NOAA: 2016's Weather Was Far From Normal

'Very extreme' year is concerning, scientists say
By Newser Editors and Wire Services
Posted Aug 11, 2017 12:30 AM CDT
The remains of a destroyed home lay in southwestern Haiti after Hurricane Matthew devastated the region.   (Rebecca Blackwell)
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(Newser) – Last year's global weather was far more extreme or record-breaking than anything approaching normal, according to a new report. The US National Oceanic and Atmospheric Administration released its annual checkup of the Earth on Thursday, highlighting numerous records including hottest year, highest sea level, and lowest sea ice in the Arctic and Antarctica. The 299-page report, written by scientists around the world and published in the Bulletin of the American Meteorological Society, shows that 2016 was "very extreme and it is a cause for concern," says co-editor Jessica Blunden, a NOAA climate scientist. Researchers called it a clear signal of human-caused climate change, the AP reports. A record large El Nino, the warming of the central Pacific that changes weather worldwide, was also a big factor. Scientists found:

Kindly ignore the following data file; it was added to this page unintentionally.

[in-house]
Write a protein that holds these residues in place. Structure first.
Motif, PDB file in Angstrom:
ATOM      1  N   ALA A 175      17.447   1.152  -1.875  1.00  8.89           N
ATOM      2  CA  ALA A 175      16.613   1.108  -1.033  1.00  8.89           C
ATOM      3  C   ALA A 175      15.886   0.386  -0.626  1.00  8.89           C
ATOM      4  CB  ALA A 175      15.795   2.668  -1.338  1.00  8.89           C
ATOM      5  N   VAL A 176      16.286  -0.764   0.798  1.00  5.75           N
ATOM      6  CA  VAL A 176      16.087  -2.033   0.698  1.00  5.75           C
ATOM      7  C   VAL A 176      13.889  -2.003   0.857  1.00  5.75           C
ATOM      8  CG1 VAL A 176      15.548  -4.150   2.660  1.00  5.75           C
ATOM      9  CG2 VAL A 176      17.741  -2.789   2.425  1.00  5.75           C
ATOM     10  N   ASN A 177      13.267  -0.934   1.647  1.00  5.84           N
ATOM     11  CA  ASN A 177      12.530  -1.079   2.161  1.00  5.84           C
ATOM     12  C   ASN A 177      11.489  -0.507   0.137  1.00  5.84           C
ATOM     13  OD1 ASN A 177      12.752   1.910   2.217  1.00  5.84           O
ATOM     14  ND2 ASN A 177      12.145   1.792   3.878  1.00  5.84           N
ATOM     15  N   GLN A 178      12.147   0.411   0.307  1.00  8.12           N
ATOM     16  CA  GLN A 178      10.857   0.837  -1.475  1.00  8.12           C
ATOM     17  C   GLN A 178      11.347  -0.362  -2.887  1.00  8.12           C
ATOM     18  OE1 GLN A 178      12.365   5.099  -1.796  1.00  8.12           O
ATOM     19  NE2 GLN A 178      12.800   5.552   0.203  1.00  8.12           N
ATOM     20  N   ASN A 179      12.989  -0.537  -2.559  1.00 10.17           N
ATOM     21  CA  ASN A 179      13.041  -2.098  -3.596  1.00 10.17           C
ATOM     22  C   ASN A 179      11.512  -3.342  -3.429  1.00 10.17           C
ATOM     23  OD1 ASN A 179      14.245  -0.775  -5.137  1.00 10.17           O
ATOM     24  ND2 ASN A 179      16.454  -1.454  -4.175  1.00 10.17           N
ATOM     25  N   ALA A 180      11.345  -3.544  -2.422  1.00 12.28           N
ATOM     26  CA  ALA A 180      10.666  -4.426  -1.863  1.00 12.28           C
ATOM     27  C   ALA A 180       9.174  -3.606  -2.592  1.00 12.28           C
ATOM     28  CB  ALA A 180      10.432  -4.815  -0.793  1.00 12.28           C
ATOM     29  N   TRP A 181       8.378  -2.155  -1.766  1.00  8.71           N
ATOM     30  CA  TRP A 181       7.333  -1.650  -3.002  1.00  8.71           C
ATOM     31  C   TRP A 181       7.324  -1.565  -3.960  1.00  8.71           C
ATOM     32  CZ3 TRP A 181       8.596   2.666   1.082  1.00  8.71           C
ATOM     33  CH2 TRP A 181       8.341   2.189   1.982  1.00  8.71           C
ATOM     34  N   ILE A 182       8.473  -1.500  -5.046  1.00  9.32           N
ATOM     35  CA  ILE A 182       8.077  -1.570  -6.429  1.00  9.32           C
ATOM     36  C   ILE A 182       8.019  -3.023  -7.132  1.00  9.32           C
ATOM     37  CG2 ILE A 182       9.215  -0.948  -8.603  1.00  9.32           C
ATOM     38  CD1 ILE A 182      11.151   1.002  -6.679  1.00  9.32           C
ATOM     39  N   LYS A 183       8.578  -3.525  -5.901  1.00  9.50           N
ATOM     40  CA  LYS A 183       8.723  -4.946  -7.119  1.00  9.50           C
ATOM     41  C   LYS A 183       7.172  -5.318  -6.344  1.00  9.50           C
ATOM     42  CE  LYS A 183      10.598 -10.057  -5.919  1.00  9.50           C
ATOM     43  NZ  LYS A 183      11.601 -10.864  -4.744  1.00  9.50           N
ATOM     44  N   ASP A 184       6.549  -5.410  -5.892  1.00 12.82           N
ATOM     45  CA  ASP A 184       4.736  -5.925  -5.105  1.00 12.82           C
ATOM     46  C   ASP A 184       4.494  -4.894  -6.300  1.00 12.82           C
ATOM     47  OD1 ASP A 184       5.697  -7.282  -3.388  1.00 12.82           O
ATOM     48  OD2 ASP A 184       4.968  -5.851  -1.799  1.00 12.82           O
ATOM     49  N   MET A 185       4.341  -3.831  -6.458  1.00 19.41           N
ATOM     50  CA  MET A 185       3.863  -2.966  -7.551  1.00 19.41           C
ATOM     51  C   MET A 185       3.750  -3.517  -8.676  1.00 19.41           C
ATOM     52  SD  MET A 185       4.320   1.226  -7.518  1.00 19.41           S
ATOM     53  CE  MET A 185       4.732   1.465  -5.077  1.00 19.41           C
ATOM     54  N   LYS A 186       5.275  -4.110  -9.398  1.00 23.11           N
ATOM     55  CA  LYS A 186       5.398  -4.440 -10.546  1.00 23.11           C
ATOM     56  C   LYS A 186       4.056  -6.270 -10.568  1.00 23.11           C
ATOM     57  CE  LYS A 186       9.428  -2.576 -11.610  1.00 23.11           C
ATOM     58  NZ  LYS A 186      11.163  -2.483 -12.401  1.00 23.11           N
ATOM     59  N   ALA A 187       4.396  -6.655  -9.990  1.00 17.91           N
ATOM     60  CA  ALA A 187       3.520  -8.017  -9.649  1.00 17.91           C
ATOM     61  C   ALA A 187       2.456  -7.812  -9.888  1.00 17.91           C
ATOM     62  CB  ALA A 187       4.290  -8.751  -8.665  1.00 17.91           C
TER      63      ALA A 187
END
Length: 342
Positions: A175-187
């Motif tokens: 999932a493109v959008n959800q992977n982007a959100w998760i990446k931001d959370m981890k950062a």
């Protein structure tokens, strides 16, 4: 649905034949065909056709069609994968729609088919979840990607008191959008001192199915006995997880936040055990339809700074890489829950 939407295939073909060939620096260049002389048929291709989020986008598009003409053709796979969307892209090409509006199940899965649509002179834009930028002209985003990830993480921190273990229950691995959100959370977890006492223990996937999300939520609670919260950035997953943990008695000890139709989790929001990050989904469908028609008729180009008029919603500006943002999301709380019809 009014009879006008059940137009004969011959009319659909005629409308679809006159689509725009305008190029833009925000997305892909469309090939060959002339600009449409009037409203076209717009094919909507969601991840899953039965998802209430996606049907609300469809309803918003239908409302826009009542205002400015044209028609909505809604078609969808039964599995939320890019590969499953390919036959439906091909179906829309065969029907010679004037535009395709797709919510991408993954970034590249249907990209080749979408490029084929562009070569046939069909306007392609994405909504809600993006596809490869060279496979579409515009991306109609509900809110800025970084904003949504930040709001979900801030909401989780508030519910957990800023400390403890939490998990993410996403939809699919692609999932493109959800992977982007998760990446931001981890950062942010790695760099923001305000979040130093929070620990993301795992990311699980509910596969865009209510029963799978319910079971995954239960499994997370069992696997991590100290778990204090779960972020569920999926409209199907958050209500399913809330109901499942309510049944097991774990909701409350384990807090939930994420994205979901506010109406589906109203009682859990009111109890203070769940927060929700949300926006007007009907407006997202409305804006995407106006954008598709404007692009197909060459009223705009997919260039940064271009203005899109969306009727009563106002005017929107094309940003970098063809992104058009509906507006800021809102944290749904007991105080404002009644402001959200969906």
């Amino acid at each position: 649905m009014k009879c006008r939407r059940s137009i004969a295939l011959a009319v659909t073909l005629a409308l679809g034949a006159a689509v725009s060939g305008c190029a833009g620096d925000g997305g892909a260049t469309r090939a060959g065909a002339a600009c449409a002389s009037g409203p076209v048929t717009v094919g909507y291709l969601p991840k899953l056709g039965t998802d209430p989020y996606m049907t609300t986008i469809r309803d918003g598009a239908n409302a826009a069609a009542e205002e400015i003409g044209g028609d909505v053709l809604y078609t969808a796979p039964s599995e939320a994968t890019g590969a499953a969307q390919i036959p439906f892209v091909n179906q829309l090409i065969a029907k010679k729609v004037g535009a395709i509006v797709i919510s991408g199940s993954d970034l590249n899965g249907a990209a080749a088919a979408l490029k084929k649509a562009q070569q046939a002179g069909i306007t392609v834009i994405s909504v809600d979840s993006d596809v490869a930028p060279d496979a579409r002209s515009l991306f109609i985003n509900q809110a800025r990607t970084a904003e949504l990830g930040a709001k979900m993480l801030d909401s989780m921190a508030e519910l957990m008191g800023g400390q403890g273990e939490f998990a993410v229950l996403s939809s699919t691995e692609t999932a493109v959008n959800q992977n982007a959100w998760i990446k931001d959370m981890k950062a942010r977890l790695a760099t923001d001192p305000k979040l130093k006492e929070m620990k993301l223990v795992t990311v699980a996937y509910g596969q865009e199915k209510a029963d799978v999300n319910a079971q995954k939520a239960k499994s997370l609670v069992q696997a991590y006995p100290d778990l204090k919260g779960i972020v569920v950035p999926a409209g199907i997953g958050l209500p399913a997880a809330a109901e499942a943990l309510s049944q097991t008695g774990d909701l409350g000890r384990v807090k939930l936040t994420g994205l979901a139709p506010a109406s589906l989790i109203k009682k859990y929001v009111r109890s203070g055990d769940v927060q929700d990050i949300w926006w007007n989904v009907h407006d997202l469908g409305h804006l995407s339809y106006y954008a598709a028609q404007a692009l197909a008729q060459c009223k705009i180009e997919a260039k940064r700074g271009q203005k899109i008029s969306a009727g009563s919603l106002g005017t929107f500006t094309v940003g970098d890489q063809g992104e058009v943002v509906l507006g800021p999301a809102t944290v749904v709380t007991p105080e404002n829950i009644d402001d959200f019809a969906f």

• At any given time, nearly one-eighth of the world's land mass was in severe drought. That's far higher than normal and "one of the worst years for drought," says report co-author Robert Dunn of the United Kingdom Met Office.
  • Extreme weather was everywhere. Giant downpours were up. Heat waves struck all over the globe, including a nasty one in India. Extreme weather contributed to a gigantic wildfire in Canada.
  • Global sea level rose another quarter of an inch for the sixth straight year of record high sea levels.
  • There were 93 tropical cyclones across the globe, 13% more than normal. That included Hurricane Matthew, which killed about 1,000 people in Haiti.
  • The world's glaciers shrank—for the 37th year in a row—by an average of about 3 feet.
  • Greenland's ice sheet in 2016 lost 341 billion tons of ice. It has lost 4,400 billion tons of ice since 2002. "2016 was a year in the Arctic like we've never seen before," says NOAA Arctic research chief Jeremy Mathis, who calls it "a clear and more pronounced signal of warming than in any other year on record."
(A leaked federal climate change report warns of drastic temperature rises.)

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